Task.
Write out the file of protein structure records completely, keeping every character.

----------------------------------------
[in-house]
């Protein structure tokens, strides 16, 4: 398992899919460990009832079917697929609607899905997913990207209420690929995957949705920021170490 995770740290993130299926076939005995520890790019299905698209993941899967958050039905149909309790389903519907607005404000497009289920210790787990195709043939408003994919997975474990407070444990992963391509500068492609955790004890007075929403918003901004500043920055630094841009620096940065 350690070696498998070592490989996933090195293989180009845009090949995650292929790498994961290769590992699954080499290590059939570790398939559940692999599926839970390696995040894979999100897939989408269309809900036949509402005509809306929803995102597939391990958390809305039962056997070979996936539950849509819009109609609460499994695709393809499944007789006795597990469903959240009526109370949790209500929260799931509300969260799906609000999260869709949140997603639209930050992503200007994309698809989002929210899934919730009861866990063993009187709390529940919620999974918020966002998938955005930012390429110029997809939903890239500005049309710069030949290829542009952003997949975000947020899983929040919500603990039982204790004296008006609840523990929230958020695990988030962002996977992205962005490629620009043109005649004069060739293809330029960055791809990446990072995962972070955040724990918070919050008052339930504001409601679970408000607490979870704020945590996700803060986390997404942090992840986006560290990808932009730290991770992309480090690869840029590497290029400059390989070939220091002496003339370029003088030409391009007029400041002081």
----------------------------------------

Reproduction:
[in-house]
């Protein structure tokens, strides 16, 4: 398992899919460990009832079917697929609607899905997913990207209420690929995957949705920021170490 995770740290993130299926076939005995520890790019299905698209993941899967958050039905149909309790389903519907607005404000497009289920210790787990195709043939408003994919997975474990407070444990992963391509500068492609955790004890007075929403918003901004500043920055630094841009620096940065 350690070696498998070592490989996933090195293989180009845009090949995650292929790498994961290769590992699954080499290590059939570790398939559940692999599926839970390696995040894979999100897939989408269309809900036949509402005509809306929803995102597939391990958390809305039962056997070979996936539950849509819009109609609460499994695709393809499944007789006795597990469903959240009526109370949790209500929260799931509300969260799906609000999260869709949140997603639209930050992503200007994309698809989002929210899934919730009861866990063993009187709390529940919620999974918020966002998938955005930012390429110029997809939903890239500005049309710069030949290829542009952003997949975000947020899983929040919500603990039982204790004296008006609840523990929230958020695990988030962002996977992205962005490629620009043109005649004069060739293809330029960055791809990446990072995962972070955040724990918070919050008052339930504001409601679970408000607490979870704020945590996700803060986390997404942090992840986006560290990808932009730290991770992309480090690869840029590497290029400059390989070939220091002496003339370029003088030409391009007029400041002081």